I'm most of the way through the physics homework I have due next week. The only problem I'm hung up on is a proof of an equation for finding the acceleration of gravity from an experiment in which a ball is thrown upward in a tube that's been evacuated of air. It passes two marks, separated by a known distance, on the way up and down, and the times it takes to pass the lower mark twice and the upper mark twice are recorded. I believe that the information to find the acceleration of gravity is in there, but I'm having a hell of a time figuring out how to express it without needing to know the initial velocity, or maybe the height at which the ball stops moving before traveling down again.

Differential equations, though, are another level of hard. I'm probably going to spend tomorrow afternoon in the library again, where I can borrow the text book and read and re-read the chapters and example problems. I should get that book next week. I guess if I had to choose one book not to have a copy of, it would be physics - everything so far is a review of high school physics, although the class does move faster, and I can photocopy the homework assignments from a classmate's book until I get mine.

The whole unemployment thing continues. It's as confusing as differential equations, but the money at stake is in a short-term rather than long-term time frame.

## 6 comments:

You might be able to do at as a system of equations of the form of

y= vt + at^2/2 + c

You have y and t at each of 4 points, so you need to solve for v and a--c drops out. You can assume that v is the same going down at each of the two heights as it was going up (conservation of energy), which helps two variables drop out. That should give you all the information you need.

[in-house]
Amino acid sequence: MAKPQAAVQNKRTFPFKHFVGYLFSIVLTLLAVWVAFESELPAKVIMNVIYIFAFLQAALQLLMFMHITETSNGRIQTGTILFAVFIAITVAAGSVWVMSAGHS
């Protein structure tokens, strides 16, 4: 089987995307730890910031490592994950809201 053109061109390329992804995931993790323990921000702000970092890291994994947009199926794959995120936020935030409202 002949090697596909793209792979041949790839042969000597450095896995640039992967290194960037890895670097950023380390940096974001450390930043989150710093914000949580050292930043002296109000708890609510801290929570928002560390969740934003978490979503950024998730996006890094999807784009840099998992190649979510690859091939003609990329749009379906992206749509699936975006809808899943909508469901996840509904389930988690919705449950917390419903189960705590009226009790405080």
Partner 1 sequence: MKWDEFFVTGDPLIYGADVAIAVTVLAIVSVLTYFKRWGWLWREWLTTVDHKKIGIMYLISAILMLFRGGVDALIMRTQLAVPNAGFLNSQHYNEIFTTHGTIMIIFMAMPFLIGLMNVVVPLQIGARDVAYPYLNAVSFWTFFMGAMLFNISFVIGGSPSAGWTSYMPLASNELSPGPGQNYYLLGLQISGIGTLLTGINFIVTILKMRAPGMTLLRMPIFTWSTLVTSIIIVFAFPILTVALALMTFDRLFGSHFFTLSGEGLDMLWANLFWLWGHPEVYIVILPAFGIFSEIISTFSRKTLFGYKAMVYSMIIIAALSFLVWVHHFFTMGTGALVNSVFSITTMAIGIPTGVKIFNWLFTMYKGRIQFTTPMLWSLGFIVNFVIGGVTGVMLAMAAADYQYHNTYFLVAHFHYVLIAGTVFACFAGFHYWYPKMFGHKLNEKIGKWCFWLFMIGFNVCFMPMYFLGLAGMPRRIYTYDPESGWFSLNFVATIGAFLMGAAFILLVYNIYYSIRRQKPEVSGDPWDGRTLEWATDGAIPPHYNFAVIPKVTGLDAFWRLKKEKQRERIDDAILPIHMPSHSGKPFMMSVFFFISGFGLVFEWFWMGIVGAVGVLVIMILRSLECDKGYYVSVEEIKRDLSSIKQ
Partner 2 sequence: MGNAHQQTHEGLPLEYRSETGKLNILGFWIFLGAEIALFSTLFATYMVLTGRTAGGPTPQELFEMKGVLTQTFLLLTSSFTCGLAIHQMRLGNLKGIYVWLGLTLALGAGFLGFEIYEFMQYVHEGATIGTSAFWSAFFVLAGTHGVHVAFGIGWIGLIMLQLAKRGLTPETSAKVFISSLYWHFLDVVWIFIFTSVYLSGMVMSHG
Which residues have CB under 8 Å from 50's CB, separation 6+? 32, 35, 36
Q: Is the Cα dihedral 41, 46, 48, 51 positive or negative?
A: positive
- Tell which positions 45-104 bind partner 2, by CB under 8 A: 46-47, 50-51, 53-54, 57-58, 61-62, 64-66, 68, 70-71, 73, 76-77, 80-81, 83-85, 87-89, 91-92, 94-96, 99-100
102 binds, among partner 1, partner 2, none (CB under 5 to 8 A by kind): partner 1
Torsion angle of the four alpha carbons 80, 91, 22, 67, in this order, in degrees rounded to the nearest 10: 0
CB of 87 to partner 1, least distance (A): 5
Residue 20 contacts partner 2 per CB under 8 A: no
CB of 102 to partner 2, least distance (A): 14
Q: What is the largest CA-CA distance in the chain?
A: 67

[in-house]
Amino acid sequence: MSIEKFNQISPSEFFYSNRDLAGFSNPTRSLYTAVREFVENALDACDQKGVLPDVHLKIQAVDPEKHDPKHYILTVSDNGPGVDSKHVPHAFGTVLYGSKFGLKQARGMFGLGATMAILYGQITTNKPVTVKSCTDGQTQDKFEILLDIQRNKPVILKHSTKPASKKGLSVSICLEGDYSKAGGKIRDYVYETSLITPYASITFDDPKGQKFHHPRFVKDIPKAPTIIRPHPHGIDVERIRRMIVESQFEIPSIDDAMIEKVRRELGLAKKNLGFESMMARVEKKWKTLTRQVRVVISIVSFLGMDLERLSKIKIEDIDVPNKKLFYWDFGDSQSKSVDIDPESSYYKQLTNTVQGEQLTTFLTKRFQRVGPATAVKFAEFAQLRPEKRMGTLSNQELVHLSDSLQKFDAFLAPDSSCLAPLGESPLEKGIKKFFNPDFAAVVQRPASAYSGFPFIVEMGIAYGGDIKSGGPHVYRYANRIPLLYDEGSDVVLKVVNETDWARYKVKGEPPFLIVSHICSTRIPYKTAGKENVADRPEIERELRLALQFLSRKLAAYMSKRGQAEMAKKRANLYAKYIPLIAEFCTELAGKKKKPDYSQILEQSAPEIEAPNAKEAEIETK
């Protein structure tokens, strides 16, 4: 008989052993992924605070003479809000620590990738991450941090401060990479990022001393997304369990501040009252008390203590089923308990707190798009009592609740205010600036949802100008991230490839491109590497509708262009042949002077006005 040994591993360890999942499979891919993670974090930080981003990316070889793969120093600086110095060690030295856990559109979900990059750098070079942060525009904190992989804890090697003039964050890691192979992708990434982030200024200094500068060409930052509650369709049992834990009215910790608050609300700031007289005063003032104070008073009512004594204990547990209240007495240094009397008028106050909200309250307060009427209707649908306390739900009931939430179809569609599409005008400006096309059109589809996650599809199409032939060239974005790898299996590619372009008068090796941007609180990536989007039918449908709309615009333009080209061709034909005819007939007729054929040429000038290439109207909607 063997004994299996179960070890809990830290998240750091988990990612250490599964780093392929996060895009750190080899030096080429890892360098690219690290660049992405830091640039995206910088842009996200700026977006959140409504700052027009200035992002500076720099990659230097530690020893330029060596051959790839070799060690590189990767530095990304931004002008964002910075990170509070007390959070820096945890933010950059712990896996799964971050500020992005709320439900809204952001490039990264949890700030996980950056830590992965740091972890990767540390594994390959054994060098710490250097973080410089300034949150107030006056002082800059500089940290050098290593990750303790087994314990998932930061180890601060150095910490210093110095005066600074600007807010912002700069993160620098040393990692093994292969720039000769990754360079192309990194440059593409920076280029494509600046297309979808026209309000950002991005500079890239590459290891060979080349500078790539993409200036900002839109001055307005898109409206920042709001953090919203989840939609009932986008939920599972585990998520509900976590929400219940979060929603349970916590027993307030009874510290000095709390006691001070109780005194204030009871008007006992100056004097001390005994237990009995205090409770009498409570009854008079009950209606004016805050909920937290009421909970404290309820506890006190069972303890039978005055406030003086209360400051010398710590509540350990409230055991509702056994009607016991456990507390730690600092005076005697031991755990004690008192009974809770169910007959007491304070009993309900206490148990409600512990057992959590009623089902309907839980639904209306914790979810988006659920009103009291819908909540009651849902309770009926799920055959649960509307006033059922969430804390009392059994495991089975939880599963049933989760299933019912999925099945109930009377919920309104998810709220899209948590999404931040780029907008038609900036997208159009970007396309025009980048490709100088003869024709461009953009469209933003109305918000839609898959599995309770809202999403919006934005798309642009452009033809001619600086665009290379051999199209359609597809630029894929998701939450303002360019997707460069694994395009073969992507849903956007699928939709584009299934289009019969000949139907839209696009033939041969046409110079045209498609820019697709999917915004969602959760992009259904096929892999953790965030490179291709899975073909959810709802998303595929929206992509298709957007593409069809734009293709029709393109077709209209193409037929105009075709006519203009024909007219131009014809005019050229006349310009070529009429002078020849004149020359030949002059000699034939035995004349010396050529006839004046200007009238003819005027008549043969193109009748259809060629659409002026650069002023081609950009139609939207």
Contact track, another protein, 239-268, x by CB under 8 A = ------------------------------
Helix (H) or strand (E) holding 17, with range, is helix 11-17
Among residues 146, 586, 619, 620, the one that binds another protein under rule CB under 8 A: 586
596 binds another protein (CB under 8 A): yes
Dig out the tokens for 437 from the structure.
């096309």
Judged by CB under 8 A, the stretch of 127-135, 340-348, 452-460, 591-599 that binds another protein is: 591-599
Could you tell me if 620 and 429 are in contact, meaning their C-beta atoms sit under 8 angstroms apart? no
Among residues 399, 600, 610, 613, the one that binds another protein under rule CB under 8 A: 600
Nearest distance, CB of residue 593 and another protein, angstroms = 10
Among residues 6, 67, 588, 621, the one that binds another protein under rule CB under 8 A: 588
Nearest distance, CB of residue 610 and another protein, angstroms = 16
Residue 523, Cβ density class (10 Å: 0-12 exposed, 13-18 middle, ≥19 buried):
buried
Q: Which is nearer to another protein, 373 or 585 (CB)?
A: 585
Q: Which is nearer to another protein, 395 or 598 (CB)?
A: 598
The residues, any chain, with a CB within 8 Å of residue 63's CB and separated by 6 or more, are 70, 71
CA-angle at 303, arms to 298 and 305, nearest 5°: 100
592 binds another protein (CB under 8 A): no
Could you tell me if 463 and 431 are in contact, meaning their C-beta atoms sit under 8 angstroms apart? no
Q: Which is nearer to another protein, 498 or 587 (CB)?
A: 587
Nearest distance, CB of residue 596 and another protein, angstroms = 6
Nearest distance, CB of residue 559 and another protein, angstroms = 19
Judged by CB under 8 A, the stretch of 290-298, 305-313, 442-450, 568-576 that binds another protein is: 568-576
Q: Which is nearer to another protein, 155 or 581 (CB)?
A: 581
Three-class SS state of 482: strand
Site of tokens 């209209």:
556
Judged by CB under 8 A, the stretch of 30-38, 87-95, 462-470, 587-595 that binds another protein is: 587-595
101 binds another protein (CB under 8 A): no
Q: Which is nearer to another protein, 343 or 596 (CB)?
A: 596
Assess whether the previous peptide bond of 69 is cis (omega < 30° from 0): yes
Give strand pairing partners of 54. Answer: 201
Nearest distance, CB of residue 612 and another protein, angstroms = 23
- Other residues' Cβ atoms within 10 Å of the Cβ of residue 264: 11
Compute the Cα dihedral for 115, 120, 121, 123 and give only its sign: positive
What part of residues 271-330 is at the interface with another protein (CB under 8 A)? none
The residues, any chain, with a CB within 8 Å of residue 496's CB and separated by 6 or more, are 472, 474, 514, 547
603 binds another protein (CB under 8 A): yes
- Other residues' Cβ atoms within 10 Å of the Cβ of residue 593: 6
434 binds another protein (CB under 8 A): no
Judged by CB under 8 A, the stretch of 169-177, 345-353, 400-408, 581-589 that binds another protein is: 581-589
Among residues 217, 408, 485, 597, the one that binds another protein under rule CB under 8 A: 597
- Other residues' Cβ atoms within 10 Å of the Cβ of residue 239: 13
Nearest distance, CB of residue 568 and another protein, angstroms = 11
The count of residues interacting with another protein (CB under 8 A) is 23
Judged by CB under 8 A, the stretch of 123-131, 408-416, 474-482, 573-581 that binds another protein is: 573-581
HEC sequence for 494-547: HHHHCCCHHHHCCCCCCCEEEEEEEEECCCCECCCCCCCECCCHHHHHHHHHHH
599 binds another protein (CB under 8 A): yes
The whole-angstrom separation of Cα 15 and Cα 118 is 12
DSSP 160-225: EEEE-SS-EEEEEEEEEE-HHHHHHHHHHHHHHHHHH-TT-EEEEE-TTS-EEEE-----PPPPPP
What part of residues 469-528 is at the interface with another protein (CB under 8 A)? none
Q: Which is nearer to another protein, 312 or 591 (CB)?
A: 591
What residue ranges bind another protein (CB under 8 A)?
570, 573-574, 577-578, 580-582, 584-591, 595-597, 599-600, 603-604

Hmm. Did they give you an answer? I get (given that the lower mark has a height of 0 and the upper mark a height of d and that t1-4 are the consecutive recorded times the ball passes each mark) a = 4d/(t2^2-t1^2+t3^2-t4^2).

Man, it's been a while.

I solved it this morning, over coffee.

I figured out I actually did know velocities, and that was the inspiration that helped me crack open the problem - I can calculate, at least symbolically, the velocity when the ball passes each mark on the downward journey because I know it stops at the highest point. So I can also integrate again and get the displacement.

I ended up never using velocity per se. I also know that the distance between the two lines, 'H', is the definite integral of gt from the time at which it passes the upper line to the time at which it passes the lower line. Integrating, substituting manipulations of the differences in time I'm given, and then solving for g gave me the answer given in the handout.

g = 8H/(tl^2 - tu^2)

tl and tu are the times between the first and second passage of the lower mark and upper mark respectively.

Trying to figure out an average velocity was a little bit of a false lead for me - I never needed to know it. I also didn't need to use the velocity at the upper and lower marks once I figured out that they were both a function of gravity and time and it was enough to know the times of the ball's passage.

Now that I've spent so much energy on this and you've contributed to, I'm going to hunt down my MS Office install disc and see if the equation editor has the right stuff for me to publish calculus functions legibly. Watch this space!

Also, I think if I set up the problem with your labeling at each point, I'll get your answer and also be able to turn it into their answer by substituting manipulations of their labeling for your (clearer, and I used something similar myself) labels.

Wait, you integrated? You're crazy.

I liked the cleanliness of the integral. It sets up as a single term on each side, and there are never more than two. Also, I've been doing nothing but integral Calculus for the last few months, so it's the first tool that springs to mind.

Kind of like putting up drywall with an 18V DeWalt, but whatever.

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